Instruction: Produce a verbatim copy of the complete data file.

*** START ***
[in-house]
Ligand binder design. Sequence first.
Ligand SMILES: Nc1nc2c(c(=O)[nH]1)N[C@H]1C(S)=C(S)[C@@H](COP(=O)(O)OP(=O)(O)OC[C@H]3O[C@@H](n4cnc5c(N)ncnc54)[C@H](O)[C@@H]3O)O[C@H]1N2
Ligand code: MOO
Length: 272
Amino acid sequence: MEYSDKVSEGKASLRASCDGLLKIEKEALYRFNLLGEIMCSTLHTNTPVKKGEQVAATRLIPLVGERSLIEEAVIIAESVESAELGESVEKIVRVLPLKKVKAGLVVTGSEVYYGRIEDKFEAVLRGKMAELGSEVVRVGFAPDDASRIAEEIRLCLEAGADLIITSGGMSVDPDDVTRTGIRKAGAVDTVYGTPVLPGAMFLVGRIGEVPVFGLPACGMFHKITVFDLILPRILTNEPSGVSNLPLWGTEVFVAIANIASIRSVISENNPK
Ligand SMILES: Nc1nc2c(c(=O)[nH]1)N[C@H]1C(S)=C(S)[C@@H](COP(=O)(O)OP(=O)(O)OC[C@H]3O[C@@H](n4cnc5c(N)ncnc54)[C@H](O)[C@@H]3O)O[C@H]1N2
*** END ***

[in-house]
Ligand binder design. Sequence first.
Ligand SMILES: Nc1nc2c(c(=O)[nH]1)N[C@H]1C(S)=C(S)[C@@H](COP(=O)(O)OP(=O)(O)OC[C@H]3O[C@@H](n4cnc5c(N)ncnc54)[C@H](O)[C@@H]3O)O[C@H]1N2
Ligand code: MOO
Length: 272
Amino acid sequence: MEYSDKVSEGKASLRASCDGLLKIEKEALYRFNLLGEIMCSTLHTNTPVKKGEQVAATRLIPLVGERSLIEEAVIIAESVESAELGESVEKIVRVLPLKKVKAGLVVTGSEVYYGRIEDKFEAVLRGKMAELGSEVVRVGFAPDDASRIAEEIRLCLEAGADLIITSGGMSVDPDDVTRTGIRKAGAVDTVYGTPVLPGAMFLVGRIGEVPVFGLPACGMFHKITVFDLILPRILTNEPSGVSNLPLWGTEVFVAIANIASIRSVISENNPK
Ligand SMILES: Nc1nc2c(c(=O)[nH]1)N[C@H]1C(S)=C(S)[C@@H](COP(=O)(O)OP(=O)(O)OC[C@H]3O[C@@H](n4cnc5c(N)ncnc54)[C@H](O)[C@@H]3O)O[C@H]1N2